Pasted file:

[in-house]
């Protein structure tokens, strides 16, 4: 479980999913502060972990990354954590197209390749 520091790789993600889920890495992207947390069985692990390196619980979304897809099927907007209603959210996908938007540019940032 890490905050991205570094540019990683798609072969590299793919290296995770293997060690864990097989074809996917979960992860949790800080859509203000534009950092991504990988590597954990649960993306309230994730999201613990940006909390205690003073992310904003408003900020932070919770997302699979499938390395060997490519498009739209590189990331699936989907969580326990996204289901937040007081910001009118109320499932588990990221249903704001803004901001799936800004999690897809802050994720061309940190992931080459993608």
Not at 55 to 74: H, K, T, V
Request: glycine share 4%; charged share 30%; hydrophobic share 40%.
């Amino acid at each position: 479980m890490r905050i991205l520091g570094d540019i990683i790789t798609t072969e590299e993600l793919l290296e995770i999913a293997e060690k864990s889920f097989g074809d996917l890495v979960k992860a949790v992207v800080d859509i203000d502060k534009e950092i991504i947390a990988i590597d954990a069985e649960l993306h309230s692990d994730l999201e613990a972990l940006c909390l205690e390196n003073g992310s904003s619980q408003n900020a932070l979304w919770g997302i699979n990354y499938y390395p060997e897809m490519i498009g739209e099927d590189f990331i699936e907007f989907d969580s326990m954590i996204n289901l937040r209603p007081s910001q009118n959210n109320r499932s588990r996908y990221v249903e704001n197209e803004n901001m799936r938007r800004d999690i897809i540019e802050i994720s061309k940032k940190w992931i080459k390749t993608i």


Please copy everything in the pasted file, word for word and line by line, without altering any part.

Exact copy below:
[in-house]
């Protein structure tokens, strides 16, 4: 479980999913502060972990990354954590197209390749 520091790789993600889920890495992207947390069985692990390196619980979304897809099927907007209603959210996908938007540019940032 890490905050991205570094540019990683798609072969590299793919290296995770293997060690864990097989074809996917979960992860949790800080859509203000534009950092991504990988590597954990649960993306309230994730999201613990940006909390205690003073992310904003408003900020932070919770997302699979499938390395060997490519498009739209590189990331699936989907969580326990996204289901937040007081910001009118109320499932588990990221249903704001803004901001799936800004999690897809802050994720061309940190992931080459993608």
Not at 55 to 74: H, K, T, V
Request: glycine share 4%; charged share 30%; hydrophobic share 40%.
């Amino acid at each position: 479980m890490r905050i991205l520091g570094d540019i990683i790789t798609t072969e590299e993600l793919l290296e995770i999913a293997e060690k864990s889920f097989g074809d996917l890495v979960k992860a949790v992207v800080d859509i203000d502060k534009e950092i991504i947390a990988i590597d954990a069985e649960l993306h309230s692990d994730l999201e613990a972990l940006c909390l205690e390196n003073g992310s904003s619980q408003n900020a932070l979304w919770g997302i699979n990354y499938y390395p060997e897809m490519i498009g739209e099927d590189f990331i699936e907007f989907d969580s326990m954590i996204n289901l937040r209603p007081s910001q009118n959210n109320r499932s588990r996908y990221v249903e704001n197209e803004n901001m799936r938007r800004d999690i897809i540019e802050i994720s061309k940032k940190w992931i080459k390749t993608i």